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I watched Black Widow on Disney Plus Premier Access — and didn’t miss the theater at all

Black Widow movie release date
(Image credit: Marvel Studios)

Disney Plus Premier Access has been a bit of a mixed bag since it launched last year for Mulan. For the most part, I’ve been pretty content to just wait three months and watch those movies when they don’t cost me $30.

The situation with the recently-released Black Widow is different. Not only is it a Marvel movie (which makes it instantly more interesting, than, say, learning about Cruella's back story), it's the first Premiere Access movie worth paying for. Plus, it arrived on Disney Plus alongside its major theatrical release.

Even though I didn’t need to (in my opinion) overpay, I’m quite glad that I made the choice to go the Premier Access route.

Disney Plus Premier Access: The right option right now

I’ve never been shy about outwardly stating how much I don’t like watching movies in a theater. Yes, you get the big screen and sound, but you also have to watch that movie on someone else’s schedule, and share that experience with other people. In a mid-pandemic society, that may not be a risk worth taking. Plus, people don’t always behave appropriately.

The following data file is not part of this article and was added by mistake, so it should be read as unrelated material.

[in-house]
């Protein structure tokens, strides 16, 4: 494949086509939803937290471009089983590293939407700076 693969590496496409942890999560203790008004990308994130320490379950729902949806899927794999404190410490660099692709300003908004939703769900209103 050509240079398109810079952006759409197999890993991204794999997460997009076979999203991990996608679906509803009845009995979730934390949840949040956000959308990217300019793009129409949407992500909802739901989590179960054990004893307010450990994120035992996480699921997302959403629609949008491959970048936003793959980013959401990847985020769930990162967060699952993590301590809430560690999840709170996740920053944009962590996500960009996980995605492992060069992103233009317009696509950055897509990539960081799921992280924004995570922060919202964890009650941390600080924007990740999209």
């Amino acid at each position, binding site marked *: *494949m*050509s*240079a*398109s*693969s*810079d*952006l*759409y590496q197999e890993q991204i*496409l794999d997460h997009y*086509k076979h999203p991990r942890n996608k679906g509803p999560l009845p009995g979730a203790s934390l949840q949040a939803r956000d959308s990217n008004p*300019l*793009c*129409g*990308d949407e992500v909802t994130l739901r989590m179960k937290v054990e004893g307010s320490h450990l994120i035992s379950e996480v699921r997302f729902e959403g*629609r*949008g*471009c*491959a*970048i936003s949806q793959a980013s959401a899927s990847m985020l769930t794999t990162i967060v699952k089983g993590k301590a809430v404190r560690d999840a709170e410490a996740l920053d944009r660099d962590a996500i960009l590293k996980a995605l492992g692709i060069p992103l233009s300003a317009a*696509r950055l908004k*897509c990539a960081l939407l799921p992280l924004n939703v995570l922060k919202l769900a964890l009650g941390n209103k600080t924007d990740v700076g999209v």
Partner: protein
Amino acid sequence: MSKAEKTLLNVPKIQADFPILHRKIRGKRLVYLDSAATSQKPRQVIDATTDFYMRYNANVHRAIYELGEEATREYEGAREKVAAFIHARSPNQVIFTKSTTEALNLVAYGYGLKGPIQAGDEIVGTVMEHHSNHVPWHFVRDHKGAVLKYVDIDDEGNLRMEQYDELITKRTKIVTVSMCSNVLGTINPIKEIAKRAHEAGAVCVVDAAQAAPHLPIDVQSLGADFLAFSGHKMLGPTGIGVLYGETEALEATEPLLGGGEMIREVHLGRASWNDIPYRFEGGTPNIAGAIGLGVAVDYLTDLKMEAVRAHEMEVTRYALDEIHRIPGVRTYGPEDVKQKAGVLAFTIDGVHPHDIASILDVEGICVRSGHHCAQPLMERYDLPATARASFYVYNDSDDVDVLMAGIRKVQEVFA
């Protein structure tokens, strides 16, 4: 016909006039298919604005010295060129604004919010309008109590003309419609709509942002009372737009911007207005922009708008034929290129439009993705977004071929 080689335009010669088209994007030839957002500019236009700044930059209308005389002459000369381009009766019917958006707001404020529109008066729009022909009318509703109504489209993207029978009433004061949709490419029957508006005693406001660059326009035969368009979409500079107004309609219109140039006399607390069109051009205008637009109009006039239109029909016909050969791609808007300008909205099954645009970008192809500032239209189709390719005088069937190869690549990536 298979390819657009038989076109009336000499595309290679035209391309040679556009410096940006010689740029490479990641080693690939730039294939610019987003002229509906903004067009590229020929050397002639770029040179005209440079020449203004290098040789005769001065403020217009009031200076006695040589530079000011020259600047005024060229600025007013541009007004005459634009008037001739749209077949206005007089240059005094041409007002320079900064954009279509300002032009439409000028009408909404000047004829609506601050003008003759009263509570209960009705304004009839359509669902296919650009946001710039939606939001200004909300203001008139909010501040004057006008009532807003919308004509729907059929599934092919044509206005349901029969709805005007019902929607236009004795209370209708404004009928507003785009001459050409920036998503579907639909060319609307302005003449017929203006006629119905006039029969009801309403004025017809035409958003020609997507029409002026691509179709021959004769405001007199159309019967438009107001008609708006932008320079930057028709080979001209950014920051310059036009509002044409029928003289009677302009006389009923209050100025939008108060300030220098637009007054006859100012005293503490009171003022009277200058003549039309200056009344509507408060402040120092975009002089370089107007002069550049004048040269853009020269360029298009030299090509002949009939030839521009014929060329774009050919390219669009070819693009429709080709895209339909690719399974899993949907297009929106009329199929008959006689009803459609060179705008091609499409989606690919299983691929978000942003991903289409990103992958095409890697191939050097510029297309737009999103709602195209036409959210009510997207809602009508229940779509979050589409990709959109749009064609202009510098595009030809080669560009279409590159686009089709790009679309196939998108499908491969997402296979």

I am a big Marvel fan, though, and I’m usually at one of the first screenings for the latest installment. Usually, that involves staying up for a midnight screening and suffering through the next day on only a few hours sleep. 

That wasn’t really an option with Black Widow, since getting to a theater wasn’t on the cards. I just got a dog a few weeks ago, and since he’s not quite ready to be left on his own for extended periods of time. Especially not for the three-plus hours it would take for me to go to and from the theater and see Black Widow.

The whole trip would have cost me less than $15. Plus, to sweeten the deal U.K. theaters started showing Black Widow on July 7 — two days before it arrived on Disney Plus. 

I could have found a dog sitter, though that would have cost money, or I could have gone at the weekend when my girlfriend (who doesn't care for Marvel movies) would be around to keep my pooch company.

I can imagine new parents in a similar boat. Because while it’s socially acceptable to take babies to restaurants or into stores, taking them to the theater is a sure-fire way to make everyone in there hate you. Especially if you’re watching a loud action movie like Black Widow, which would likely induce some crying.

So, for the very first time, it actually made sense for me to shell out $30 for a Premier Access movie. But to be honest, dog responsibilities or not, I’m pretty happy that I made that decision.

A blockbuster release, with all the comforts of home

Watching Black Widow in my own space, I have the recliner on my couch to make sure I’m nice and comfortable. And then there are the not-so-little things:  watching at home means I didn’t have to travel anywhere, and nobody in my house has COVID, something my theater can't promise me.